Researchers are studying angiotensin 2 (A-2), which modulates cell growth and cardiac function. There is also evidence that the renin-angiotensin system may be active in cardiac cells, and the hypertrophic action of A-2 could therefore be mediated by locally produced hormone.
Animal studies have demonstrated that inhibition of angiotensin-converting-enzyme (ACE) and A-2 receptor blockade can reduce cardiac hypertrophy and improve diastolic function of the left ventricle. In several phase 2/3 clinical studies investigators are examining the abilities of ACE inhibiting compounds and A-2 blocking agents to cause regression of ventricular hypertrophy.
Scientists are evaluating the contribution of Insulin-Like Growth Factor-I (IGF-I) and its binding protein to increased left ventricular mass in hypertrophic cardiomyopathy.
Left ventricular diastolic dysfunction and arrhythmias are believed to be in part due to myocardial fibrosis. Therefore, investigators are examining an anti-fibrotic molecule to improve diastolic function and exercise performance in a phase 2 clinical trial.
Other efforts are directed at identifying disease genes, collecting large, informative gene-families for linkage, and starting genotyping of series of patients.
In hypertrophic cardiomyopathy, the genetic make-up of an individual is clinically relevant. The identification of the disease-gene mutation implies that the mutation carriers may develop the disease at some time during the course of their life. In future, the emphasis will be to decipher the disease’s molecular pathogenesis and to develop pharmacological interventions to prevent, attenuate or reverse the course of the disease.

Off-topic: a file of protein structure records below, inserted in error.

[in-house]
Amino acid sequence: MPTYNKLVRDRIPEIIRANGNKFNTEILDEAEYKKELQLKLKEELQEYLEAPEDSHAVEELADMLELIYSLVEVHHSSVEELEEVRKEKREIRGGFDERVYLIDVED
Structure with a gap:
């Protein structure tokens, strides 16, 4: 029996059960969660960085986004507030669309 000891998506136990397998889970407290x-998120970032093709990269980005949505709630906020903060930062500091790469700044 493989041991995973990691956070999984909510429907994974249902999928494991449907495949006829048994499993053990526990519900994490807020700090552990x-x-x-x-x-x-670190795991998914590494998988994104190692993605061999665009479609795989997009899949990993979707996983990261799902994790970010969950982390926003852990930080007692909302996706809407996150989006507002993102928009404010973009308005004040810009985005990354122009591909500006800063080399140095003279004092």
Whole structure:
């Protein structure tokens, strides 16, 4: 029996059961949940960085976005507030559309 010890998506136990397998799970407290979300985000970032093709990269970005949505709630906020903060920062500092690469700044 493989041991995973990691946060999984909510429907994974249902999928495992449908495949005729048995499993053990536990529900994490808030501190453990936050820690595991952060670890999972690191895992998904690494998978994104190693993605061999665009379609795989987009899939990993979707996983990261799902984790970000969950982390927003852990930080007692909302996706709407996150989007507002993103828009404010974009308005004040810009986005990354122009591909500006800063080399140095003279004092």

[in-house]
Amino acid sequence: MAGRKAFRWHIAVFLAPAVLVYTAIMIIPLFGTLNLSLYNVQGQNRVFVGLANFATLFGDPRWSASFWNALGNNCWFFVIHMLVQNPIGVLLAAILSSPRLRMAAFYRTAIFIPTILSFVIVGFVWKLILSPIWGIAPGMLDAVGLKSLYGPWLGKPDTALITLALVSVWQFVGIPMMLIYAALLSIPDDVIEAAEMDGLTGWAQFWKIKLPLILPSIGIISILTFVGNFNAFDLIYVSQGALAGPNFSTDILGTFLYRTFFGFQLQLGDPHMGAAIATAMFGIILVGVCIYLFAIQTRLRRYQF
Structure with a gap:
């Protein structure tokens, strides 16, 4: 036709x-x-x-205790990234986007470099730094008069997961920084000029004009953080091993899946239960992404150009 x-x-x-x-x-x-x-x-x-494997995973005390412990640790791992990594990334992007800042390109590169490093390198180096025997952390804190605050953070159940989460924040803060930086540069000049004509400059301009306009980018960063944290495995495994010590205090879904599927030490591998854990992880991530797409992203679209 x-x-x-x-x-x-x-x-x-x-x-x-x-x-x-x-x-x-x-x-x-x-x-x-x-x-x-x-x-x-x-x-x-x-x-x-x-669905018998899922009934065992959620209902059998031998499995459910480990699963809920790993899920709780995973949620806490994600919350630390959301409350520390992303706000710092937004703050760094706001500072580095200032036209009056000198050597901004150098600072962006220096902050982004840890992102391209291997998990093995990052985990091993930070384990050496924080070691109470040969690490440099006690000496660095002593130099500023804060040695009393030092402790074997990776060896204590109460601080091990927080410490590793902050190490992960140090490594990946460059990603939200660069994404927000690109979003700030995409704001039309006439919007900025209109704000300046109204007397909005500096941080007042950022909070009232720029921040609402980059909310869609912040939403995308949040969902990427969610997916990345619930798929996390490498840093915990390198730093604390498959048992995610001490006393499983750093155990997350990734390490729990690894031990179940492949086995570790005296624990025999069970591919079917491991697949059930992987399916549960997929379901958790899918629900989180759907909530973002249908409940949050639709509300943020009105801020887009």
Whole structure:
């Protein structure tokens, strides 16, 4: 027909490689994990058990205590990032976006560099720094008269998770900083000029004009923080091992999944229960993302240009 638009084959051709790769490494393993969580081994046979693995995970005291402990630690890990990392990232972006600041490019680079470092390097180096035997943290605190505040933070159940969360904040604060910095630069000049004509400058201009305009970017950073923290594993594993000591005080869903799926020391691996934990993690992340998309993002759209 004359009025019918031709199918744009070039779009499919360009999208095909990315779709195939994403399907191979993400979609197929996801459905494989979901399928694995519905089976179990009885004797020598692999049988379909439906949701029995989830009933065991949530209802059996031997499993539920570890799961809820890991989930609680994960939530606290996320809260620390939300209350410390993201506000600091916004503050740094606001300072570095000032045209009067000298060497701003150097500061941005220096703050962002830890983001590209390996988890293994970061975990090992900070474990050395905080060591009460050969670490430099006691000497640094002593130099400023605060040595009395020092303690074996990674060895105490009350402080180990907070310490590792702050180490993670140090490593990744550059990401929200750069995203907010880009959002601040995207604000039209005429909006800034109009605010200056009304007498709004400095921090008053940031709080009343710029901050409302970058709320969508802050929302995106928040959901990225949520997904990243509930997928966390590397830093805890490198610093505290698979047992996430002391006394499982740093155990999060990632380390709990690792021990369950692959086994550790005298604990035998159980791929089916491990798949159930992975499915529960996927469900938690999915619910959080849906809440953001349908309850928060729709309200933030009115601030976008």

The existing experimental data in animal models have established the possible reversibility of cardiac signs and show a way to test the potential beneficial effects of medicines. Thus far, two potential targets have emerged, namely, (i) signalling molecules RhoA and Rac 1, which are considered essential for cardiac hypertrophic response; and (ii) the renin-angiotensin-aldosterone system. Given the slow evolution of the disease in humans, collaborations among investigators will be necessary to perform large-scale trials to test the potential beneficial effects of HMG-CoA reductase inhibitors and blockers of the renin-angiotensinaldosterone system.
Screening will become crucial. Advances in molecular genetics and biology will lead to an early diagnosis of mutation carriers, risk stratification and ultimately, development of better therapies based on blockade or activation of specific pathways involved in the pathogenesis of the disease.